Louis Proyect: The Unrepentant Marxist

April 19, 2018

The Confessional

Filed under: Film,middle east — louisproyect @ 6:15 pm

This Saturday evening at 6pm and showing at the Rich Mix theater, Londoners will be able to see the premiere of Lucas Jedrzejak’s “The Confessional”. The film is part of the East End Film Festival and is based on a play by Andrew Woodward who adapted it into a screenplay in combination with Emily Swain. Swain plays an Irish nun who is working with refugees that have fled violence in the Middle East. We are not told where they have come from but it is just as possible that they are Yazidis from Iraq or Sunnis from Syria. Unlike documentaries such as Jedrzejak’s “Ketermaya” that is explicitly about Syrian refugees in Lebanon, “The Confessional” operates on another plane. It is much more about people trying to find absolution in a period of apocalyptic warfare under ever-increasingly conditions of savagery. It may not be possible to find such absolution, not even for a nun.

As Sister Claire, Emily Swain is frayed at the edges. We are not exactly sure why she is wound so tight but it likely has much to do with her work on behalf of refugees that Jedrzejak is intimately familiar with as having spent months at a time in Ketermaya.

One day as she is out on a walk with some refugee children, they are nearly run down by a caravan of cars that is filled with men in suits who have come to Iraq to finalize a deal with some of the country’s elite. In a conversation between two of the investors beforehand, we are told that one of the men is troubled but we only find out how troubled he is when his path accidentally crosses that of Sister Claire.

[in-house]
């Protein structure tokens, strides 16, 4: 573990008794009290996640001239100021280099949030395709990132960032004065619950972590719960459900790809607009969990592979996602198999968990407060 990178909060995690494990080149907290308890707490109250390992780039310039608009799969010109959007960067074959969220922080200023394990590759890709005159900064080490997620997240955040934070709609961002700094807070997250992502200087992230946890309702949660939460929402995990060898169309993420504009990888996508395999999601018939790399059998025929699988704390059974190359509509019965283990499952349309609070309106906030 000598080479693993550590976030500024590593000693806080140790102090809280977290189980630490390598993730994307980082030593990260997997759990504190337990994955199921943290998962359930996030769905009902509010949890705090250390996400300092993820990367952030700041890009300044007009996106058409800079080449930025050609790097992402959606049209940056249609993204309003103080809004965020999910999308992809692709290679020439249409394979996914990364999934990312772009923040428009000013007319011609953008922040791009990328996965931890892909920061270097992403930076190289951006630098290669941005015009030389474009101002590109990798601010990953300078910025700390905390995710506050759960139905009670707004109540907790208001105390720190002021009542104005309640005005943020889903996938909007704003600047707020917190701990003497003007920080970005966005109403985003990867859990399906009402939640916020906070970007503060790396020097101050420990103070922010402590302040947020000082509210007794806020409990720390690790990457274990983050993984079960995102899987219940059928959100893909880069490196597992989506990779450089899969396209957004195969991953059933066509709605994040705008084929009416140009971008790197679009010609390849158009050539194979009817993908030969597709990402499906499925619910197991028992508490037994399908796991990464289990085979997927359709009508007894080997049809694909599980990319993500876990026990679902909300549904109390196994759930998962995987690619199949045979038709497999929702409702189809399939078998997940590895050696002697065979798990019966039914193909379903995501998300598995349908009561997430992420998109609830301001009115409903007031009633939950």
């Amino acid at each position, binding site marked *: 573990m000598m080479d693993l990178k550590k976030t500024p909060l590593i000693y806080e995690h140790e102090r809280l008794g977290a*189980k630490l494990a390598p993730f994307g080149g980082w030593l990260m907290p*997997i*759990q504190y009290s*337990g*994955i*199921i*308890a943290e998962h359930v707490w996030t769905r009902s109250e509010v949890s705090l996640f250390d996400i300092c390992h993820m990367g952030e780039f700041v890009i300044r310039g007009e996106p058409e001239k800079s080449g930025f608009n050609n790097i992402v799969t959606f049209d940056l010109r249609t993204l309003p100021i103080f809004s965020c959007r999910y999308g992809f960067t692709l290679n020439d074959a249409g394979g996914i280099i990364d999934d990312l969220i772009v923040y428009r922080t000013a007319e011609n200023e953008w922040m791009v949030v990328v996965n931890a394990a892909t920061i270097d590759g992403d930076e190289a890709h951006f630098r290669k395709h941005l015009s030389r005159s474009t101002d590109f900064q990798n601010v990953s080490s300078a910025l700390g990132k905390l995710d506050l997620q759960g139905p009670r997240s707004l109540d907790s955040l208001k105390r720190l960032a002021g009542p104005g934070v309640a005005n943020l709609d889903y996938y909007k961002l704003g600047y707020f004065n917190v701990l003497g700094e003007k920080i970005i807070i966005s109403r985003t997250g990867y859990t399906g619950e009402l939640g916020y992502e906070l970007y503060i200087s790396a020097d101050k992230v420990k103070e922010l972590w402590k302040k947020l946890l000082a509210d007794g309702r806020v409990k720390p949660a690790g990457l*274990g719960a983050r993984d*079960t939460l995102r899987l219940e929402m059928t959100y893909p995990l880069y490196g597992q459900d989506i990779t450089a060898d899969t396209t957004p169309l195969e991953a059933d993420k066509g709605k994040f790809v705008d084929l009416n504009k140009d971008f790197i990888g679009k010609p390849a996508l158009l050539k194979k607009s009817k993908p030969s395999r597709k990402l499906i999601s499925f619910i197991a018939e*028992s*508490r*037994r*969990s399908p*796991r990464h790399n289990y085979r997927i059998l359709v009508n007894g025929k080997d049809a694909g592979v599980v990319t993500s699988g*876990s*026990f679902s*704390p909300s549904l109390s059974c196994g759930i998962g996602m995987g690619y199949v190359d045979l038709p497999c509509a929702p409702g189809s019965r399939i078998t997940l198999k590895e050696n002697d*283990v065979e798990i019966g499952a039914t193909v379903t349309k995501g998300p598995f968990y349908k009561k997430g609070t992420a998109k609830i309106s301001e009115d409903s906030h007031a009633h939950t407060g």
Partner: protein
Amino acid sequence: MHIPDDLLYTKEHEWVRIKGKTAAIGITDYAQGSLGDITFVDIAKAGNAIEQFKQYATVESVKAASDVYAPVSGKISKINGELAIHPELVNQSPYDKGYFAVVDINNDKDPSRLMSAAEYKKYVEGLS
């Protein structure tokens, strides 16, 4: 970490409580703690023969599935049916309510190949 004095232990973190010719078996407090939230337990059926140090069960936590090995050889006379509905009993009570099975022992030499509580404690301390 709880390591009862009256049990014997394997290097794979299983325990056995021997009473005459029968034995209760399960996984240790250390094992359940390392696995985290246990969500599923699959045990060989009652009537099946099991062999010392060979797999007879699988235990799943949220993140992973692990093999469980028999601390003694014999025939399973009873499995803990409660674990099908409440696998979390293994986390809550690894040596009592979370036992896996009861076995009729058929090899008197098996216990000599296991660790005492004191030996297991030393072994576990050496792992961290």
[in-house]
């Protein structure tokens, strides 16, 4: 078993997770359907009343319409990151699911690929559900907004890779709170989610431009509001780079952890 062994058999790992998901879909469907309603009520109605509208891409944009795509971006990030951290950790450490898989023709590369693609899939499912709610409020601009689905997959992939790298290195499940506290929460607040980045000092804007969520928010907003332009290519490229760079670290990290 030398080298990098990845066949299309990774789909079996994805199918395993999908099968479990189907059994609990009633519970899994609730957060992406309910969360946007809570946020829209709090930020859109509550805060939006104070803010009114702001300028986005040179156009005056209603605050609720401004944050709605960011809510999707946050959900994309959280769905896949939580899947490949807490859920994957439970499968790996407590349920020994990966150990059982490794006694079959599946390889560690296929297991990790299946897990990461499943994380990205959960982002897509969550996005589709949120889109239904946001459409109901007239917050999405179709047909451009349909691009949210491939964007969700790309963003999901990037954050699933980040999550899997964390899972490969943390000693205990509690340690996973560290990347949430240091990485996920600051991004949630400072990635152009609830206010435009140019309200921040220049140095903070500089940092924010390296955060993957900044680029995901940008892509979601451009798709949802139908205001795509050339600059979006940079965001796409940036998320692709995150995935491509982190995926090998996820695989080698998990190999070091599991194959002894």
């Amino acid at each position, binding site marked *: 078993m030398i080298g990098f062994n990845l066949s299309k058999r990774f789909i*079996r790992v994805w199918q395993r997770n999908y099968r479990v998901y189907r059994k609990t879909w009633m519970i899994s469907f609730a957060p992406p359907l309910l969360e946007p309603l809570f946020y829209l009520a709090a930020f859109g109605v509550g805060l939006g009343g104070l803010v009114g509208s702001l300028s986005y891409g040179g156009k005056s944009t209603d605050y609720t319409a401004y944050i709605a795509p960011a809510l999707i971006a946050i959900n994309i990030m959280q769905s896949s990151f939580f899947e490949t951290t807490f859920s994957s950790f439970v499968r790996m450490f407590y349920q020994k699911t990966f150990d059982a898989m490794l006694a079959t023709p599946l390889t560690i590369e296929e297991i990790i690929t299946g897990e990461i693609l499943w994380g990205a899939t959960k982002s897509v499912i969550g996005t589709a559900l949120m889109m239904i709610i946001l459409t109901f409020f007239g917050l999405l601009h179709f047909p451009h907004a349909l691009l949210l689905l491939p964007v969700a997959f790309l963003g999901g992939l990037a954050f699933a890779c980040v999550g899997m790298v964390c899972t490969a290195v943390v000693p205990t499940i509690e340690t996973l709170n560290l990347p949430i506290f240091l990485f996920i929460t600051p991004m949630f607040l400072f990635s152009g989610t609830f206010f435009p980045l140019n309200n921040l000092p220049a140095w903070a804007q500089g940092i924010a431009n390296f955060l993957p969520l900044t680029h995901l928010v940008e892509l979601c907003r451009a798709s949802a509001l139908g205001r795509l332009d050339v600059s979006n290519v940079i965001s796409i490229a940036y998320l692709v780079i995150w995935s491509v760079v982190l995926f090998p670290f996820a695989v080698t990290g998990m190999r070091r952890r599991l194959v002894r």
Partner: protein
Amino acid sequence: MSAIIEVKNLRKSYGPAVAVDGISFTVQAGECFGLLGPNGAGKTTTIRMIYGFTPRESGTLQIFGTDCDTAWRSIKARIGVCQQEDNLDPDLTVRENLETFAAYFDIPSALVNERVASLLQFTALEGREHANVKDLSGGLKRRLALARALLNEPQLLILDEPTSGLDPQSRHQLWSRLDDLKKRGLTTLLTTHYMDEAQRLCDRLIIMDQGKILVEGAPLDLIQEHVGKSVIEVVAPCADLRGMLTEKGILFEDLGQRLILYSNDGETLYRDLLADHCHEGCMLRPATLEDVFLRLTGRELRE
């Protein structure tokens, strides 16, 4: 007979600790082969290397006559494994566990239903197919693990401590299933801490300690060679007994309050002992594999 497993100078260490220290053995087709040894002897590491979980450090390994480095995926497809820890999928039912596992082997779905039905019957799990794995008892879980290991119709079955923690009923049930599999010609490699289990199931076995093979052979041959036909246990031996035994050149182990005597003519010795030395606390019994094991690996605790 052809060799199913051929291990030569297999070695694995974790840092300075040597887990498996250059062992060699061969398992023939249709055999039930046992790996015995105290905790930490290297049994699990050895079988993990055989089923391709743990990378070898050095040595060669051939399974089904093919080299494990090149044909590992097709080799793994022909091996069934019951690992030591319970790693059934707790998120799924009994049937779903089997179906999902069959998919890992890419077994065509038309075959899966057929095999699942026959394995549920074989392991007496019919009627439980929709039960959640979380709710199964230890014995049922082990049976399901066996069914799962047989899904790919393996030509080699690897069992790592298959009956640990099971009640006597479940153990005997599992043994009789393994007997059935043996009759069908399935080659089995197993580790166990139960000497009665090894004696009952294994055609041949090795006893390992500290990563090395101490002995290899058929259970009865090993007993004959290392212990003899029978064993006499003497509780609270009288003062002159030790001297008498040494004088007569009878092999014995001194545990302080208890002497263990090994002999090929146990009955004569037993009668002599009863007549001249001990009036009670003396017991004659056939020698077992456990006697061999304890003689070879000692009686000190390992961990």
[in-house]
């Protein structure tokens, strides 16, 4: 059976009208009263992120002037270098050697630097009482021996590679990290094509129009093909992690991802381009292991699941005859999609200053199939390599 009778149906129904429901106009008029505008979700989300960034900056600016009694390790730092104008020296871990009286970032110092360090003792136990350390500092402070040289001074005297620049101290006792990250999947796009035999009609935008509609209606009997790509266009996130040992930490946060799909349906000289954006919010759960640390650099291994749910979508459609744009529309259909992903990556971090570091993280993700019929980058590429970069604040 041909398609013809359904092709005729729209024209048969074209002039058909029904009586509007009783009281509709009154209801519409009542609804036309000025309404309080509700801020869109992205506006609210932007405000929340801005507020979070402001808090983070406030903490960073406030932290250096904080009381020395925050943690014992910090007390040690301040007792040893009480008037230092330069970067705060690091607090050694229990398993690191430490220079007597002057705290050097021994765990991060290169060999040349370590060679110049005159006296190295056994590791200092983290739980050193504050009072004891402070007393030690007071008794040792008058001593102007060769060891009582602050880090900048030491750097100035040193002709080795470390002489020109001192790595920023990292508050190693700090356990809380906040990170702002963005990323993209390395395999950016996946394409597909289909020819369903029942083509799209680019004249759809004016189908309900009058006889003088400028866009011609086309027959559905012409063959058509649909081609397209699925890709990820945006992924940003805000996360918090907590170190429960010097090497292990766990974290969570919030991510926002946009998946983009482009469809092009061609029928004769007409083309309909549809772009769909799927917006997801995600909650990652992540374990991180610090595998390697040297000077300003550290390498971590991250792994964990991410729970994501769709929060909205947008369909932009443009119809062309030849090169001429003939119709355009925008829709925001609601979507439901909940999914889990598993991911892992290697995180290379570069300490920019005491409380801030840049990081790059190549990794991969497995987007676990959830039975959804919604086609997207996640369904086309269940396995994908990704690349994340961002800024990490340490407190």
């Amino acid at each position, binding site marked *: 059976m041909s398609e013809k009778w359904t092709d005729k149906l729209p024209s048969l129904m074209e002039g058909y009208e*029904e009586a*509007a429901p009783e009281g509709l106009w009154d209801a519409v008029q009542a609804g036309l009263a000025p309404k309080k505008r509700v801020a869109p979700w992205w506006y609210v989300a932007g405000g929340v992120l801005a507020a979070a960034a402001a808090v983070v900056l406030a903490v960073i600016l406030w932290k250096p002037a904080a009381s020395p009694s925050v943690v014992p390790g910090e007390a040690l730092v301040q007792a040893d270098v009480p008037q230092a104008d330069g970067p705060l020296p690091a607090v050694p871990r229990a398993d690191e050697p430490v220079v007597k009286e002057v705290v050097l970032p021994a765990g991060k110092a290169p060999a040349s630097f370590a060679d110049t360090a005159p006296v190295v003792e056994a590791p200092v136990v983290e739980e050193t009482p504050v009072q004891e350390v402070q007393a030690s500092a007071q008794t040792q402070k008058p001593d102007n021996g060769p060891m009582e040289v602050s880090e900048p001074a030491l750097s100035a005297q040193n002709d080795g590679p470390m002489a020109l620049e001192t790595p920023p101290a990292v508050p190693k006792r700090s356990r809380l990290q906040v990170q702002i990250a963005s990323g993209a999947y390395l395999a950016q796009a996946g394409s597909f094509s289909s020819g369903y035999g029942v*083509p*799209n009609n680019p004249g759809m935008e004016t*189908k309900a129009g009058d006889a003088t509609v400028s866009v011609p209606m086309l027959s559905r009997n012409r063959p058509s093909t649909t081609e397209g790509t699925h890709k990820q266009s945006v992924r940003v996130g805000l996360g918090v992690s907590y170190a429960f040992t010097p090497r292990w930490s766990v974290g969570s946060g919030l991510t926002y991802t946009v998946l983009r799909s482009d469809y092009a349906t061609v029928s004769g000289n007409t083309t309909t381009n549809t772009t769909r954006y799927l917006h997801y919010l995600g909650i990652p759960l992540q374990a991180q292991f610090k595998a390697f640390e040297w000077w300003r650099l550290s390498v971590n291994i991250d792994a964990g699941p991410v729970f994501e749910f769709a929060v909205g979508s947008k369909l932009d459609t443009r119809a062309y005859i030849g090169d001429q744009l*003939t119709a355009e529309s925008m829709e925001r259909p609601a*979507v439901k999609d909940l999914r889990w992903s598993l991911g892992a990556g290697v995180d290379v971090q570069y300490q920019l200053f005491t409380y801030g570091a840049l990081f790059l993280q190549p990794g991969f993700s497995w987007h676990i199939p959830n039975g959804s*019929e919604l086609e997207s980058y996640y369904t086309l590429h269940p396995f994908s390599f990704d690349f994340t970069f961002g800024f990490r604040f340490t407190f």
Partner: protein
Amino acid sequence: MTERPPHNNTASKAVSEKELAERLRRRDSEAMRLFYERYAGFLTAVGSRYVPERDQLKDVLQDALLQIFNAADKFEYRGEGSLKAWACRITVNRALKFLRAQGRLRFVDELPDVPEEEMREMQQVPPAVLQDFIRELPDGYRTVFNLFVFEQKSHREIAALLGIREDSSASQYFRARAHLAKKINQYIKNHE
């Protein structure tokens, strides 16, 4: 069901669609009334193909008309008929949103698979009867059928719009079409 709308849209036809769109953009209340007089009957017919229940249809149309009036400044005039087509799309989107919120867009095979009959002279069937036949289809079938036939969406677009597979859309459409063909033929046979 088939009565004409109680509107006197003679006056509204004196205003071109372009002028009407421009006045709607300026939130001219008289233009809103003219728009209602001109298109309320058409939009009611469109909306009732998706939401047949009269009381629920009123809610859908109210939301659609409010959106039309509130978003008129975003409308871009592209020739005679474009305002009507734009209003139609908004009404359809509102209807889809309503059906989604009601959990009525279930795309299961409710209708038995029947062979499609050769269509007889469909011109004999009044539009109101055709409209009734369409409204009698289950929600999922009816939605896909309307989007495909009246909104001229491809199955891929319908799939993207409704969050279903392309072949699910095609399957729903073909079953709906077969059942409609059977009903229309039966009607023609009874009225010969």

She has found sanctuary in a church’s confessional box where she sits by herself swigging on a pint of whiskey. Not long after her arrival, the troubled man stops at the church to confess his sins to a priest. His role in launching the war in Iraq keeps him up at night even if its proceeds line his pocket. Even though he is still in the business of neocolonial exploitation, something keeps nagging away at him. Was the invasion of Iraq a sin? Were all the deaths and the ongoing chaos worth it?

Instead of a priest, he runs into Sister Claire who perhaps lubricated by alcohol or perhaps angry over what England did to Iraq as well as her native country decides to extract a confession out of the man that is much more like what a cop gets out of a criminal than any feel-good Catholic rite.

Needless to say, the film is very topical and worth seeing even though it offers no pat solutions to the ongoing agony of the Middle East, as no film could.

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